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Vol. 67. Issue 8.
Pages 593-596 (August 2014)
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Vol. 67. Issue 8.
Pages 593-596 (August 2014)
Editorial
DOI: 10.1016/j.rec.2014.04.001
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Rethinking Percutaneous Paravalvular Leak Closure: Where Do We Go From Here?
Reconsideración del cierre percutáneo de la fuga paravalvular: ¿hacia dónde vamos ahora?
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Chad Kliger, Carlos E. Ruiz??
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cruiz@nshs.edu

Corresponding author: 130 East 77th Street, 9th Floor Black Hall, New York, NY10075, United States.
Lenox Hill Heart and Vascular Institute, North Shore-LIJ Health System, New York, United States
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Paravalvular leak (PVL) is an uncommon yet serious complications associated with the implantation of surgical prosthetic valves and more recently recognized with transcatheter valves. Renewed interest has developed as relationships have emerged between the degree of paravalvular regurgitation and mortality.1 Percutaneous closure of PVLs has shown significant promise with contemporary success rates as high as 86%, especially in patients at high risk for surgical repair or replacement.2,3 Growth in the field of structural heart disease has afforded the adaptation of many technical and procedural advances in an attempt to further improve transcatheter success, while reducing the risk of complications. Recent publications in Revista Española de Cardiología by Cruz-González et al4 and Sánchez-Recalde et al5 exemplify the continued desire of interventionalists to innovate. It is their application of newer technologies and techniques that is allowing for expansion. For percutaneous PVL closure, the question remains, where do we go from here? We believe that a 3-fold approach, which focuses on better devices to fit the unique shapes of PVLs, more favorable sites of access, and improved imaging guidance, will further push the limits of this encouraging therapy.

PVLs are the result of an incomplete seal between the sewing ring and annulus for surgical prostheses or stent frame and aortic annulus/calcified leaflets for transcatheter aortic valves. For the former, this arises from abnormal pressure or traction forces after surgery, usually related to annular calcification, infection, suturing technique, and prosthetic size and shape. For the latter, PVL is typically a result of incomplete prosthesis apposition to the native aortic annulus due to calcification, annular eccentricity, valve undersizing, and/or malpositioning, irrespective of the prosthesis type: self- or balloon-expandable.6 Most of our experience in transcatheter closure and imaging revolves around PVLs in the setting of surgical prostheses. Despite the potential etiologies, the shape and track of each PVL varies. It is rare to find round PVL, with most having an oval or crescentic appearance. In addition, their tracks are rarely parallel and often run perpendicular with a serpiginous course. The physical characteristics of the surrounding tissue are equally difficult to determine and their response to closure devices nearly impossible to predict. Advances in 3-dimensional (3D) transesophageal echocardiography and 3D/4D computed tomographic angiography have greatly improved our evaluation and planning prior to percutaneous closure.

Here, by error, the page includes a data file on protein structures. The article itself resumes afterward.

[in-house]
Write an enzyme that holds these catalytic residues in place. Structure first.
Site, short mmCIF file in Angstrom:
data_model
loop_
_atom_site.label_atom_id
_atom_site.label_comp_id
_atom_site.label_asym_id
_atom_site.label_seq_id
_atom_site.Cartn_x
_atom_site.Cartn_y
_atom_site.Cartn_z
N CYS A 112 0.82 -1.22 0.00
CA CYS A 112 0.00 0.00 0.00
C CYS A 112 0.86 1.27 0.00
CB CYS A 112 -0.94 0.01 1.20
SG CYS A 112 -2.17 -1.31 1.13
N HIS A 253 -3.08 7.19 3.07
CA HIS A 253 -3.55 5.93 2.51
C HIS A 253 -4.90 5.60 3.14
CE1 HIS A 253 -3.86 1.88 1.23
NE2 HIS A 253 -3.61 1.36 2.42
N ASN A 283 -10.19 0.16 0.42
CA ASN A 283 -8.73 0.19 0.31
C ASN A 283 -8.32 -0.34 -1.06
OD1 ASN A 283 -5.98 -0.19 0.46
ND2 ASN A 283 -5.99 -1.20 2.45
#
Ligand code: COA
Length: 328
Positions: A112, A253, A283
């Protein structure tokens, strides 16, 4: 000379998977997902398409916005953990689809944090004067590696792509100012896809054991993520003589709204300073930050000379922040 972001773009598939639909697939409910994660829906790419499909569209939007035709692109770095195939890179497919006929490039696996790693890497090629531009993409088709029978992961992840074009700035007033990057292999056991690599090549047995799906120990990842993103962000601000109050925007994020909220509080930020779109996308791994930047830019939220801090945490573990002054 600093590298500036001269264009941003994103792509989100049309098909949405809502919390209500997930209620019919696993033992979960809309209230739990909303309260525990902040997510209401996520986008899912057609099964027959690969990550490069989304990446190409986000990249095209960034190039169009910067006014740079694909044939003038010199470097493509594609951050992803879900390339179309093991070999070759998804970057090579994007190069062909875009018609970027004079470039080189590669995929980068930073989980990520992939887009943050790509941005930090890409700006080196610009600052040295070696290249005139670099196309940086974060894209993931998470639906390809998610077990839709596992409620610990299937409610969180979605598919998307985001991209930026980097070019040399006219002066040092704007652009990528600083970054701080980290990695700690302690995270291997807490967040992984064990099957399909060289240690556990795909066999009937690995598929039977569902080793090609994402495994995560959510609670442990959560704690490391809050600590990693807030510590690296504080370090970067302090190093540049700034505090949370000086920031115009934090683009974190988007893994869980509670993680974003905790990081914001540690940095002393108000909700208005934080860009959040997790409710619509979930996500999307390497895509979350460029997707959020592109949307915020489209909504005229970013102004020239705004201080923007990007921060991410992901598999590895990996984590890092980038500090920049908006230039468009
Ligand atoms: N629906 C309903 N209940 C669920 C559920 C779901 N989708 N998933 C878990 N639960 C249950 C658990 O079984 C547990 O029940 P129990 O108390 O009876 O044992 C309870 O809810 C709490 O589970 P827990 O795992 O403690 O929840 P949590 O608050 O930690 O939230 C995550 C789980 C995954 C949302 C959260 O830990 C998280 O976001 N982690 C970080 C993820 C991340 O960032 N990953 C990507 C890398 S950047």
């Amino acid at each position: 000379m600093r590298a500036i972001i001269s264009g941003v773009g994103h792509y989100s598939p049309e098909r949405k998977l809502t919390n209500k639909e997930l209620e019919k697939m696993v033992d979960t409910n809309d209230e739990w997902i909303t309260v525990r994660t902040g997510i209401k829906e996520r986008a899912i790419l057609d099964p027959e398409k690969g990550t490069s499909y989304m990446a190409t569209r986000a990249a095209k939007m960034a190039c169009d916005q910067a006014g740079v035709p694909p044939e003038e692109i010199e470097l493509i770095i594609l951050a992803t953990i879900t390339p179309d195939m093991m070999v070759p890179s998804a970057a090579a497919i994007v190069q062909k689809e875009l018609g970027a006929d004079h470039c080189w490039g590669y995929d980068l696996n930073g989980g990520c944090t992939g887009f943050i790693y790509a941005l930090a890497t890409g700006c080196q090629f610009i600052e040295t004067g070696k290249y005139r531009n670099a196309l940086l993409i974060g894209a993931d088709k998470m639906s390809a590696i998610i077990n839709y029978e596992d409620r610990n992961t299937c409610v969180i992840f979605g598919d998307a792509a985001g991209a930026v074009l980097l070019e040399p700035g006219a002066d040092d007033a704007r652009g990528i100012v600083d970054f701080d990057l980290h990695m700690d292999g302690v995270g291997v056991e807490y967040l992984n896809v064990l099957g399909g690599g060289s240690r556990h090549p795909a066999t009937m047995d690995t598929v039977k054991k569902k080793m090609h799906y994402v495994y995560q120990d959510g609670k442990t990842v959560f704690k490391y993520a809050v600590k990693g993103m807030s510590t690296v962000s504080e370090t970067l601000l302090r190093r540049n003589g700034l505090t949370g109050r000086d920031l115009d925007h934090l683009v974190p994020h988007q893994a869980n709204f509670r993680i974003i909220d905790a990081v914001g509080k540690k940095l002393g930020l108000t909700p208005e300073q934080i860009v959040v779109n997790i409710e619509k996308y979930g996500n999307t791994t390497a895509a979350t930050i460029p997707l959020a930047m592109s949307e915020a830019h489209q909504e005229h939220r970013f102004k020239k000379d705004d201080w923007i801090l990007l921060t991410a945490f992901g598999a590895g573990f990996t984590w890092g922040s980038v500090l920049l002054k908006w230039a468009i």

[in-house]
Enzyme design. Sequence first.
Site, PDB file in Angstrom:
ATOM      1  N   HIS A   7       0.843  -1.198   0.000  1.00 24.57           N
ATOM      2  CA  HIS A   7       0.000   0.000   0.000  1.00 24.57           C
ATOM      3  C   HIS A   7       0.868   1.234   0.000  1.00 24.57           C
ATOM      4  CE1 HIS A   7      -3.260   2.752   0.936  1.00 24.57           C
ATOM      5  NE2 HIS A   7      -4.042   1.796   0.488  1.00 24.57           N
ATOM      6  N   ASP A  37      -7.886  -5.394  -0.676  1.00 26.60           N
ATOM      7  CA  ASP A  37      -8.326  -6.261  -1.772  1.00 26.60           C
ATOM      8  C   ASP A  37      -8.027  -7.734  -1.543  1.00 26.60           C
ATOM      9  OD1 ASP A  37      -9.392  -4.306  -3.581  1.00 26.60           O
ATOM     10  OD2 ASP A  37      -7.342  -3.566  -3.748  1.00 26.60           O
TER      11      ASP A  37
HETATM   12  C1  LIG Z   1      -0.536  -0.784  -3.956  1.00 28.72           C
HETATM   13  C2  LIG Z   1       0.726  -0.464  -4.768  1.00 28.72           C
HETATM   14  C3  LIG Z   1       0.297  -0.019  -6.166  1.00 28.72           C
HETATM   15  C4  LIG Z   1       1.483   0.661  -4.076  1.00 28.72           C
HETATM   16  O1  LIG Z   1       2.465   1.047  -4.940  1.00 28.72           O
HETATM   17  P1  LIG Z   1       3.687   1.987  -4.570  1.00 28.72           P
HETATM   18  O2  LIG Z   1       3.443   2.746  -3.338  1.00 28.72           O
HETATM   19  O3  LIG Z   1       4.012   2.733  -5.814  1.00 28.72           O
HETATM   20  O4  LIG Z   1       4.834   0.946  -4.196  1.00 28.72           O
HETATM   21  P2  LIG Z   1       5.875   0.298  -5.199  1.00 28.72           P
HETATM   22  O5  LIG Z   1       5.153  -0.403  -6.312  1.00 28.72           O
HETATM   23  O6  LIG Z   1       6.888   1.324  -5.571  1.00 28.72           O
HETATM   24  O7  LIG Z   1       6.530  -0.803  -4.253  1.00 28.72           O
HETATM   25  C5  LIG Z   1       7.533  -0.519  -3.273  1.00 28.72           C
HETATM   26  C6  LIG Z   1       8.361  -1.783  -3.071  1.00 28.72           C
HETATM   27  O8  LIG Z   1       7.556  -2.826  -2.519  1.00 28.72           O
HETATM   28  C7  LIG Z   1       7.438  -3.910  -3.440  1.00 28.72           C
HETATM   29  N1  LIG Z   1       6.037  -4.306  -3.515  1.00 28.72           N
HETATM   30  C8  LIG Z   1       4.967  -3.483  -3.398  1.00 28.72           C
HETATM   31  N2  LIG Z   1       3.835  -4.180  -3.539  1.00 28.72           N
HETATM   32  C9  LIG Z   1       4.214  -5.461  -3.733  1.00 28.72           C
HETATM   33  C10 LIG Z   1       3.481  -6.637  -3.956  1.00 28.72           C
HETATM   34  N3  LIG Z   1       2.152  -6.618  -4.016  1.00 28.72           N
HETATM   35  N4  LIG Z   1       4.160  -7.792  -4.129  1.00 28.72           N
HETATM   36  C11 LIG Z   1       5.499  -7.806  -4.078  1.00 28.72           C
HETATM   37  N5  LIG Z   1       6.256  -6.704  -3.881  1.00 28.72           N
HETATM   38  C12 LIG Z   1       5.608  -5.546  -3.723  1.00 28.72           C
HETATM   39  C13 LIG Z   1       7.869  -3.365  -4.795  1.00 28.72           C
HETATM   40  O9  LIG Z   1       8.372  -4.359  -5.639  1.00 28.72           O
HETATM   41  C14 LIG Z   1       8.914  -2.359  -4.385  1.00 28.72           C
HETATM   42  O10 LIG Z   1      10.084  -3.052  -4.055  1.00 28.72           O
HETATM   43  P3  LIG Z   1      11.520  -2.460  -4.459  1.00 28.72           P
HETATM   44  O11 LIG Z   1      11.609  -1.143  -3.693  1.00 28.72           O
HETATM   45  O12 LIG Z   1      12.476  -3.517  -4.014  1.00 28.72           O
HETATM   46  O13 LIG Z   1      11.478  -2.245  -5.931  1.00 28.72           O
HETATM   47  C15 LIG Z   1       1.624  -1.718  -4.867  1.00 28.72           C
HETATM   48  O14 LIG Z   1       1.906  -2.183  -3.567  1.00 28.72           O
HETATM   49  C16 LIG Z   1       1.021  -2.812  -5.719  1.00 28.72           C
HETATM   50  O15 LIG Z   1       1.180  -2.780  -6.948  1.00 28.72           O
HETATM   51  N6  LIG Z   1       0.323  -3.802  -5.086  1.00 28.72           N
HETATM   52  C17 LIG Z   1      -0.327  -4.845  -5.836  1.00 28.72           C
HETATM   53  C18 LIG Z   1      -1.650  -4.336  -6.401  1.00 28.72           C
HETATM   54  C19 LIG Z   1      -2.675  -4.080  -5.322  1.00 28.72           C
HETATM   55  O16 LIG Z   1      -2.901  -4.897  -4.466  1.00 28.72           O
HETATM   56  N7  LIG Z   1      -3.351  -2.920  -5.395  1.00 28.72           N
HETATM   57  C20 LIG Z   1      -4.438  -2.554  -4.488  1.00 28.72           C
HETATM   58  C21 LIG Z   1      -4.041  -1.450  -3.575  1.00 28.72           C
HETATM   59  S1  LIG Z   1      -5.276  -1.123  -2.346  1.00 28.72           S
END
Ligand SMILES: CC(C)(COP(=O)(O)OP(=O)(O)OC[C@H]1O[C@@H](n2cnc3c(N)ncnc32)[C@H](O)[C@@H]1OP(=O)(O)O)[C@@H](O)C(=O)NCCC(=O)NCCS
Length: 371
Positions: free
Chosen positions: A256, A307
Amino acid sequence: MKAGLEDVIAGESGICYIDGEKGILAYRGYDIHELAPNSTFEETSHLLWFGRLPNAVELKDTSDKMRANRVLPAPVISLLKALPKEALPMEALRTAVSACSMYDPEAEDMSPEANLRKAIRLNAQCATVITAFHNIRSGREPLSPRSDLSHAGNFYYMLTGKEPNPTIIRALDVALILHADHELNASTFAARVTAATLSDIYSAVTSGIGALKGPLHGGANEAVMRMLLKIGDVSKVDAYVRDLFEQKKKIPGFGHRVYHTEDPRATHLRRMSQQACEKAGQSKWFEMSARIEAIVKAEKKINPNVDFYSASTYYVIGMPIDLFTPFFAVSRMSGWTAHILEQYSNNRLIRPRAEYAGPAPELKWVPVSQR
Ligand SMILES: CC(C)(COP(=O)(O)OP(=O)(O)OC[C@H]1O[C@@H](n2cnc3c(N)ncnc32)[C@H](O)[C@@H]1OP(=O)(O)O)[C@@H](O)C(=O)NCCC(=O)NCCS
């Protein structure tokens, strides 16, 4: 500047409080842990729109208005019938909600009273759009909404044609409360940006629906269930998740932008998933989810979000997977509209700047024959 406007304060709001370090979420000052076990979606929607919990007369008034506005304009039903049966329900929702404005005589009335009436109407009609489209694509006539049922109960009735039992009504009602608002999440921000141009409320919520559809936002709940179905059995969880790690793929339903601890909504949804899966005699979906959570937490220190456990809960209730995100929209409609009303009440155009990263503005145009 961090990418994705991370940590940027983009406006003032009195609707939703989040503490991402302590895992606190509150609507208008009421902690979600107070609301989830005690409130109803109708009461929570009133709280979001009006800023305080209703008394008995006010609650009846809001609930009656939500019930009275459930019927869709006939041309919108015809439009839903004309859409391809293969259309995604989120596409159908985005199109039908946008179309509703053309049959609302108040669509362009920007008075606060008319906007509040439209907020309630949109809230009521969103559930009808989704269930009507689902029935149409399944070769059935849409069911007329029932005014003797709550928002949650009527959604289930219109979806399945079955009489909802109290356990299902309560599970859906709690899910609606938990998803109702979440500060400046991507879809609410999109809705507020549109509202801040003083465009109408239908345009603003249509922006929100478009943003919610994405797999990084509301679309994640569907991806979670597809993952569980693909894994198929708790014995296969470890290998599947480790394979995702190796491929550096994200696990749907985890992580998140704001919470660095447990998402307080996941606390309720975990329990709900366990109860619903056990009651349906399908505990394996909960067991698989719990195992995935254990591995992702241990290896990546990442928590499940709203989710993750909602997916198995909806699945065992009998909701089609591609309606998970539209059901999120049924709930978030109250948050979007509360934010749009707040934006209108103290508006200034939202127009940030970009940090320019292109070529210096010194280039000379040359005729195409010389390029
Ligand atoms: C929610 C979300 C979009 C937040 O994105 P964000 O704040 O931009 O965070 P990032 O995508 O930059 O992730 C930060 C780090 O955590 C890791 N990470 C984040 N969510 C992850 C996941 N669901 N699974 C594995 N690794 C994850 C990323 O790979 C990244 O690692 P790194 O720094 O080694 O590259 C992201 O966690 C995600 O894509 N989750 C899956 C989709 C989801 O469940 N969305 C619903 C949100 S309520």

Initial strategies for percutaneous closure included umbrella devices and coils. These were eventually replaced with devices designed for closure of other cardiovascular defects (off-label) such as the Amplatzer family of devices (St Jude Medical, St Paul, Minnesota, United States): atrial and muscular ventricular septal occluders and ductal occluder. These devices are round or conical, filled with polyester fiber, and have either 1 or 2 retention discs. Their nitinol mesh design is less densely woven with a more rigid structure than more contemporary plugs, which make them less amenable to conformation. Currently, the Amplatzer vascular plug (AVP) II is the most commonly used device in the United States to close PVLs in surgical prostheses. It is constructed with a more densely layered nitinol mesh with 3 segments: a central lobe and 2 discs on either side.7 The AVP II is round in shape; however, the fine mesh does allow for some shape conformation.